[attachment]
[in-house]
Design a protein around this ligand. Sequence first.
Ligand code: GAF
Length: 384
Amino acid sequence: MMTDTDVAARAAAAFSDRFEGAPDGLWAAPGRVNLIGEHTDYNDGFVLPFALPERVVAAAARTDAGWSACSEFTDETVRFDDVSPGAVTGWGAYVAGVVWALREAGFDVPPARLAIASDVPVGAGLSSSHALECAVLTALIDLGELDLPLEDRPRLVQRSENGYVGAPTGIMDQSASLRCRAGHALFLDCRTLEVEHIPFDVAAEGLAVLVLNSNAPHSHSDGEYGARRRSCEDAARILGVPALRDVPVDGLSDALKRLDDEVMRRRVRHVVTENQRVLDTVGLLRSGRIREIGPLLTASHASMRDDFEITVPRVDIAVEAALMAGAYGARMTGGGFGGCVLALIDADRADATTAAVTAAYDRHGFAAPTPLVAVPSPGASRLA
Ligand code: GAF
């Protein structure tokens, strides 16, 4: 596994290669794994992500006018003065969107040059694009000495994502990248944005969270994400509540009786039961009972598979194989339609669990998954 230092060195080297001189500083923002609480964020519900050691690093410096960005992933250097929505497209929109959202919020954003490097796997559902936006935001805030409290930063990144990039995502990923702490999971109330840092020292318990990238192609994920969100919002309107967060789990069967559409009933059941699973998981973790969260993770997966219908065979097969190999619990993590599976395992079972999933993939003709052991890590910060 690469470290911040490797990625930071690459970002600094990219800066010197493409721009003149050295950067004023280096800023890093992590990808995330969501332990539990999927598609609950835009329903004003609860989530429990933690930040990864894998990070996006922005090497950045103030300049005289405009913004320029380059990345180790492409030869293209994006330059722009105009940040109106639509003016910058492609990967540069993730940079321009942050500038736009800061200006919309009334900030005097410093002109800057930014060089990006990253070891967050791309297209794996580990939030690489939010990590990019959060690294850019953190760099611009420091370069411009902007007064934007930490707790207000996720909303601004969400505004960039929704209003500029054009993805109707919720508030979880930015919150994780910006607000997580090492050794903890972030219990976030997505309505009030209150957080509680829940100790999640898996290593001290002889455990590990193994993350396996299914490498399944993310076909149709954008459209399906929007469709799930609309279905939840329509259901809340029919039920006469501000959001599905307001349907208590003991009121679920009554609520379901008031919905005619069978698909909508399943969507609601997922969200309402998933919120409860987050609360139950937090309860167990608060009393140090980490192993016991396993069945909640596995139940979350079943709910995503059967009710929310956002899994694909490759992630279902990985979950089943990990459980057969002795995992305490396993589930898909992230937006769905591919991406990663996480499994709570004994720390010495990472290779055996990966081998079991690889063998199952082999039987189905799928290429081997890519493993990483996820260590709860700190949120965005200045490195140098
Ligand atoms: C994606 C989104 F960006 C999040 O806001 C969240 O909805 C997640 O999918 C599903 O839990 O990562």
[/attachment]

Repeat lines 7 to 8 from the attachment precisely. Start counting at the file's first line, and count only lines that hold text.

């Protein structure tokens, strides 16, 4: 596994290669794994992500006018003065969107040059694009000495994502990248944005969270994400509540009786039961009972598979194989339609669990998954 230092060195080297001189500083923002609480964020519900050691690093410096960005992933250097929505497209929109959202919020954003490097796997559902936006935001805030409290930063990144990039995502990923702490999971109330840092020292318990990238192609994920969100919002309107967060789990069967559409009933059941699973998981973790969260993770997966219908065979097969190999619990993590599976395992079972999933993939003709052991890590910060 690469470290911040490797990625930071690459970002600094990219800066010197493409721009003149050295950067004023280096800023890093992590990808995330969501332990539990999927598609609950835009329903004003609860989530429990933690930040990864894998990070996006922005090497950045103030300049005289405009913004320029380059990345180790492409030869293209994006330059722009105009940040109106639509003016910058492609990967540069993730940079321009942050500038736009800061200006919309009334900030005097410093002109800057930014060089990006990253070891967050791309297209794996580990939030690489939010990590990019959060690294850019953190760099611009420091370069411009902007007064934007930490707790207000996720909303601004969400505004960039929704209003500029054009993805109707919720508030979880930015919150994780910006607000997580090492050794903890972030219990976030997505309505009030209150957080509680829940100790999640898996290593001290002889455990590990193994993350396996299914490498399944993310076909149709954008459209399906929007469709799930609309279905939840329509259901809340029919039920006469501000959001599905307001349907208590003991009121679920009554609520379901008031919905005619069978698909909508399943969507609601997922969200309402998933919120409860987050609360139950937090309860167990608060009393140090980490192993016991396993069945909640596995139940979350079943709910995503059967009710929310956002899994694909490759992630279902990985979950089943990990459980057969002795995992305490396993589930898909992230937006769905591919991406990663996480499994709570004994720390010495990472290779055996990966081998079991690889063998199952082999039987189905799928290429081997890519493993990483996820260590709860700190949120965005200045490195140098
Ligand atoms: C994606 C989104 F960006 C999040 O806001 C969240 O909805 C997640 O999918 C599903 O839990 O990562």